Twitter’s IPO: How High Can It Go?

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ADOTAS — Twitter announced its final price per share last night: $26, putting its value at $14.2 billion. Its stock begin trading on the NYSE this morning.

As they did ahead of the Facebook IPO, IG set up a grey market as soon as Twitter filed its S-1, enabling its clients to take a financial position on the company ahead of the official debut. This gives a good indication where investors think Twitter should be valued and provides IG’s analysts with unique insights ahead of the IPO.

The current mid-price of $23.75 billion on IG’s Twitter grey market indicates investors expect to see a share price of $43.60 at the end of day one. This is down sharply from nearly three weeks ago, when the expected market cap hit $33 billion, equal to more than $60 a share. The grey market has since levelled off, which usually indicates investors believe it has reached a fair value. The same ran true for the UK Royal Mail grey market which indicated investors thought the stock was heavily undervalued.

“This is the largest Silicon Valley IPO since Facebook and underwriters of the floatation will be keen to make this more of a success in comparison,” said Brenda Kelly, technical analyst at IG.”The good news is that extensive hype in advance of the Facebook IPO – blamed to an extent for its less-than-impressive debut on the stock market – has been avoided. The decision to list on the NYSE was also clearly inspired by the disastrous delay in Facebook trading, due to a glitch in the NASDAQ computer.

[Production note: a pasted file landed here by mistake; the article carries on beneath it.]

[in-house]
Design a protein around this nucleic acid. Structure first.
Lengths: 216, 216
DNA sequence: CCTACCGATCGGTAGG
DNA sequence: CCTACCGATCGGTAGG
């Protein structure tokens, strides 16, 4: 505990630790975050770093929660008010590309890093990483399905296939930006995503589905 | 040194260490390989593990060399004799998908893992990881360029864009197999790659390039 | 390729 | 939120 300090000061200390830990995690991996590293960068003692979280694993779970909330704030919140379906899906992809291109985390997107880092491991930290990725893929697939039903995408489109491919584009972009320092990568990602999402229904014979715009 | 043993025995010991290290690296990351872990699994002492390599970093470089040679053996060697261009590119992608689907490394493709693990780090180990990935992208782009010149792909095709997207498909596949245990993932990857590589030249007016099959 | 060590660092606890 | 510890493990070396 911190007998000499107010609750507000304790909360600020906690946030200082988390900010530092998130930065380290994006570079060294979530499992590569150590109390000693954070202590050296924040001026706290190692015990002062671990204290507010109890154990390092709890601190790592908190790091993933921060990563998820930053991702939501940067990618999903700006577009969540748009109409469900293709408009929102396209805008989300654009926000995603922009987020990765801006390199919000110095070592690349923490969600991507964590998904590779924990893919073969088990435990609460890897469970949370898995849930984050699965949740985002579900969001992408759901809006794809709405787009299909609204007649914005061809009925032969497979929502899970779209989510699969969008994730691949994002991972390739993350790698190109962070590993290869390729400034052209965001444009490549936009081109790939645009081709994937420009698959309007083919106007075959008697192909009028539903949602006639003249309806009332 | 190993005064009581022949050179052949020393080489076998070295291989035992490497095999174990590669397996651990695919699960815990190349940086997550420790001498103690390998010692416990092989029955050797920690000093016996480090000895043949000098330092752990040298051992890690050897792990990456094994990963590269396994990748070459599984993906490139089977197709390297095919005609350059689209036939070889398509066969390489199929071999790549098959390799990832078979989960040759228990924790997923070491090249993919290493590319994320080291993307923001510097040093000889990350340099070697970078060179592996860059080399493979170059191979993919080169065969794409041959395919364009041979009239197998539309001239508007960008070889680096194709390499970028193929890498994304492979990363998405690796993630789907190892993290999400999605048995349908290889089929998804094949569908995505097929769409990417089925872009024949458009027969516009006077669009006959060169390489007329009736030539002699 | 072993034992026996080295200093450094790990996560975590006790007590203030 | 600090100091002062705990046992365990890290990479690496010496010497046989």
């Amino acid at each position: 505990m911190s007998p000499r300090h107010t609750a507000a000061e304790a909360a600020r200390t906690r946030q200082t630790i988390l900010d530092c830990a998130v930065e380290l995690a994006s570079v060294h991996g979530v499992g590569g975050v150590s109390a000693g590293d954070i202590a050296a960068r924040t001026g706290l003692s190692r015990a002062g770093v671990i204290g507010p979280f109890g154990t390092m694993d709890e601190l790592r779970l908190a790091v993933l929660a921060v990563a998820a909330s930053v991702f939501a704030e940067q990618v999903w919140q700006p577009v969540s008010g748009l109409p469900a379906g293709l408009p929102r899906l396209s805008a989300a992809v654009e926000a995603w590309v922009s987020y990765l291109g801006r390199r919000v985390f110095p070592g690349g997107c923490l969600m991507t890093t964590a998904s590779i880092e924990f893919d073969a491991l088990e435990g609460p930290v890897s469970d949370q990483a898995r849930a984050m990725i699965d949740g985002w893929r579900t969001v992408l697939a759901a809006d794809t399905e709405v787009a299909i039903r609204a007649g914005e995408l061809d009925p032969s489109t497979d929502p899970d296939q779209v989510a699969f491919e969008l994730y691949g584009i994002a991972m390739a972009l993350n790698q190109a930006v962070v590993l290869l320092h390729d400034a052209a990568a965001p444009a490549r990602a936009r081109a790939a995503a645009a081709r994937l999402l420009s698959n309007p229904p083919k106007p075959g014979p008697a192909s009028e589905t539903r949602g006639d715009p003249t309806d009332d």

“It must be remembered that Facebook was, and is, a much bigger company — it had 900 million users when it went public, and has more than a billion today — and its size was one of its big selling points. Also unlike Facebook, Twitter has yet to turn a profit. The company reported a net loss of $79.4 million on revenue of only $316.9 million in 2012. Given its active user base the company does have great profit-making potential, but monetising this potential is a different story – something that early investors in Facebook learned the hard way.”

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